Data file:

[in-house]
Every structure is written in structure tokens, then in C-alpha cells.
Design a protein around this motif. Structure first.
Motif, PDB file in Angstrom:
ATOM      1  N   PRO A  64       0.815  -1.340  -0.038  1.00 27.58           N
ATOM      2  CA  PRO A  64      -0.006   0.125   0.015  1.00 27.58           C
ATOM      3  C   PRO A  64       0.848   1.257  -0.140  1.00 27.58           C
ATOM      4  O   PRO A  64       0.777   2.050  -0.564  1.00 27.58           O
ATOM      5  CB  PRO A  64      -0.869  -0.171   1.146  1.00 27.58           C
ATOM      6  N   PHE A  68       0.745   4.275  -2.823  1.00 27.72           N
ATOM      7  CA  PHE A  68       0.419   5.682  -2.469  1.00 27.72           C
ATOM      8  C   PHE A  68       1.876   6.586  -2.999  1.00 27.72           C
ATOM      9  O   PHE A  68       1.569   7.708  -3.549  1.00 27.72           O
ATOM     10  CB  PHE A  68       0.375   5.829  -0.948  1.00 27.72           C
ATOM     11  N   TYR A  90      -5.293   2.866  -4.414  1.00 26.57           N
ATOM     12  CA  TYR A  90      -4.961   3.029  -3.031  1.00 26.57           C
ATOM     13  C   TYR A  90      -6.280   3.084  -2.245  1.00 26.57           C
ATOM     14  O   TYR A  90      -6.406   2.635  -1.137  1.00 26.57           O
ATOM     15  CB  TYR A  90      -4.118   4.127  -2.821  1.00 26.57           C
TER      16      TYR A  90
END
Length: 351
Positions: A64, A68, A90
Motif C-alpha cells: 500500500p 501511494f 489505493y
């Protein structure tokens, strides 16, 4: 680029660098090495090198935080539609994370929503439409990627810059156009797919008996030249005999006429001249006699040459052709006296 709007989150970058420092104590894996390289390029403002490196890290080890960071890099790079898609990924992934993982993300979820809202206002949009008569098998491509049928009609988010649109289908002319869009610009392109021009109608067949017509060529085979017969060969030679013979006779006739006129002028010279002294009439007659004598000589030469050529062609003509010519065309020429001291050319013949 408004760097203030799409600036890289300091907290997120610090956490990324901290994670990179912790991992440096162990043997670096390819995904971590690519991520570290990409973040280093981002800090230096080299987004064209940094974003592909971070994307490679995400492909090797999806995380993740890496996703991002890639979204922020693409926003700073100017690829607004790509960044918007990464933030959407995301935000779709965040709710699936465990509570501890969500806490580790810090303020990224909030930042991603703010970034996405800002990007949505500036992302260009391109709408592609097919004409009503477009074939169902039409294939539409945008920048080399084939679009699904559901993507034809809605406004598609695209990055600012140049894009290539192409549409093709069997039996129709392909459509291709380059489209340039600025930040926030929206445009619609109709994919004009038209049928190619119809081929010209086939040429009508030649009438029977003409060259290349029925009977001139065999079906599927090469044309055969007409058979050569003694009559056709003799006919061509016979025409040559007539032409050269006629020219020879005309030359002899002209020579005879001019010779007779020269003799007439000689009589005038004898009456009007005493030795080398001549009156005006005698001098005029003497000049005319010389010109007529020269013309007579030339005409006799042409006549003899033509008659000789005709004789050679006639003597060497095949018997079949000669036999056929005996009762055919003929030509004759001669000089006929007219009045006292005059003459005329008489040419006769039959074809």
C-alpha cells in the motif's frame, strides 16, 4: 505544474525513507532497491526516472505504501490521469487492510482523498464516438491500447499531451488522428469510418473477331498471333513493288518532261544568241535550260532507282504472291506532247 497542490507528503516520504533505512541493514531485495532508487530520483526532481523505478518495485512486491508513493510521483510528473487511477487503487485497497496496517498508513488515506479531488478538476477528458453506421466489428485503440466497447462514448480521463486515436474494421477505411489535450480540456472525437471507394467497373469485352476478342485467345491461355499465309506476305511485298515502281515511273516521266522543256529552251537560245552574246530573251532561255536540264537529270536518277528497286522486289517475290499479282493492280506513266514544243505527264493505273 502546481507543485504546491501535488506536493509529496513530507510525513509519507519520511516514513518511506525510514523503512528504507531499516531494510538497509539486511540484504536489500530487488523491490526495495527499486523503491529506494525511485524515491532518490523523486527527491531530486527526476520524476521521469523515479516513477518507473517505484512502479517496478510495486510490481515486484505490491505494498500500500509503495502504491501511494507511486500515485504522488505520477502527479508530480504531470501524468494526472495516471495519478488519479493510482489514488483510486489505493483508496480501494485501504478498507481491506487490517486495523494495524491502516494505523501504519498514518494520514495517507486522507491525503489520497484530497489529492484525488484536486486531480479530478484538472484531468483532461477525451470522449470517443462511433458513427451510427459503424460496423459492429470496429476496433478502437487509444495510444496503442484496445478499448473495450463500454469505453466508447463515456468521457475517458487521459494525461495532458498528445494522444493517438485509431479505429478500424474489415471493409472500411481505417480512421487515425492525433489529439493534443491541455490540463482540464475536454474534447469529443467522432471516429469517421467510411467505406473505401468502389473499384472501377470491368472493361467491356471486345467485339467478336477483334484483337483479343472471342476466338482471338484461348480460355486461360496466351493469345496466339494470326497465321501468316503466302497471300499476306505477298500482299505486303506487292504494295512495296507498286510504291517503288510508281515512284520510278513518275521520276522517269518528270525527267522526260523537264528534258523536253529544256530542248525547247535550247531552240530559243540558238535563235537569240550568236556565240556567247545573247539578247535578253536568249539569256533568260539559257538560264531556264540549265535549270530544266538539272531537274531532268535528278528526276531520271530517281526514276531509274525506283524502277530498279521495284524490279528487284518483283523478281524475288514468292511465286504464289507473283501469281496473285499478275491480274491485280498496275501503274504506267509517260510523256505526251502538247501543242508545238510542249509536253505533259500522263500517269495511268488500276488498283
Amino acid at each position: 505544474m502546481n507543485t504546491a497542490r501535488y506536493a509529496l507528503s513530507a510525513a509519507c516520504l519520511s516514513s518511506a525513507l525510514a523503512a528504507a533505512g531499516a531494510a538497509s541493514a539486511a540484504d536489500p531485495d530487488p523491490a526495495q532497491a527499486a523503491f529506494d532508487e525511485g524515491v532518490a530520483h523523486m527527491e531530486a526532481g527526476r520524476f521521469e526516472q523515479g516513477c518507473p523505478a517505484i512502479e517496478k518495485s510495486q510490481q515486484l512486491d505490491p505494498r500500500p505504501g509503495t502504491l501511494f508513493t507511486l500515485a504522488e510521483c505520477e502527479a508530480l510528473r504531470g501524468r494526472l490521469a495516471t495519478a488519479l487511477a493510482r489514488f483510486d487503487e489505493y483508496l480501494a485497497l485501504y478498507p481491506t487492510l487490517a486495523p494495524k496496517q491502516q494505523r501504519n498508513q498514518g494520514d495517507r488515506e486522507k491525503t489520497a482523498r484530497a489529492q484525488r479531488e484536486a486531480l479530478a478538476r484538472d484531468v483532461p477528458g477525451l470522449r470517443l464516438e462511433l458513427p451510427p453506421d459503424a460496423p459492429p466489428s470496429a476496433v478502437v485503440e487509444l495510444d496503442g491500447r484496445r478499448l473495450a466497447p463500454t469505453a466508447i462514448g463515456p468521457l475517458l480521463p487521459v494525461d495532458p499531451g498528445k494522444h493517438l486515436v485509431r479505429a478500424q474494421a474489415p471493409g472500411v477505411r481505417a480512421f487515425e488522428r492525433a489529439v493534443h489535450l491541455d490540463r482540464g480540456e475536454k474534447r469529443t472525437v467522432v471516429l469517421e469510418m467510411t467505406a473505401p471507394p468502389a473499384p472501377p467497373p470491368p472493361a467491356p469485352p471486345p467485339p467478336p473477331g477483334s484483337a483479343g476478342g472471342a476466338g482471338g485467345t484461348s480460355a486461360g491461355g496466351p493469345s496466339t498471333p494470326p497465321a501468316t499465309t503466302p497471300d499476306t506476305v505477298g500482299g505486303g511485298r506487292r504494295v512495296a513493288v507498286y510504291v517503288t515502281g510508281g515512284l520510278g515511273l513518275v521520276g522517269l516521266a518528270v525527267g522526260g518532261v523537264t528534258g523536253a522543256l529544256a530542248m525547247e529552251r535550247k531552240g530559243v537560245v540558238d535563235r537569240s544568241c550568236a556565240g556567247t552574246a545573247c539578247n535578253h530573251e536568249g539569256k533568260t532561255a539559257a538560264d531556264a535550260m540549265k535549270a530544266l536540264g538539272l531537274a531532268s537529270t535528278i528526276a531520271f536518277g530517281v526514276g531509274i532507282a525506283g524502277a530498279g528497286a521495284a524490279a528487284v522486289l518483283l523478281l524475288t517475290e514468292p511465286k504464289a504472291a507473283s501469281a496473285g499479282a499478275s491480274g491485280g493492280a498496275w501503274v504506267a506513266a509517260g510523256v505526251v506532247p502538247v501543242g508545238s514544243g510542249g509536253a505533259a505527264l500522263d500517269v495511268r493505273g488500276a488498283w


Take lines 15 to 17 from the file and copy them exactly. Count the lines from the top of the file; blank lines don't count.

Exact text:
ATOM     11  N   TYR A  90      -5.293   2.866  -4.414  1.00 26.57           N
ATOM     12  CA  TYR A  90      -4.961   3.029  -3.031  1.00 26.57           C
ATOM     13  C   TYR A  90      -6.280   3.084  -2.245  1.00 26.57           C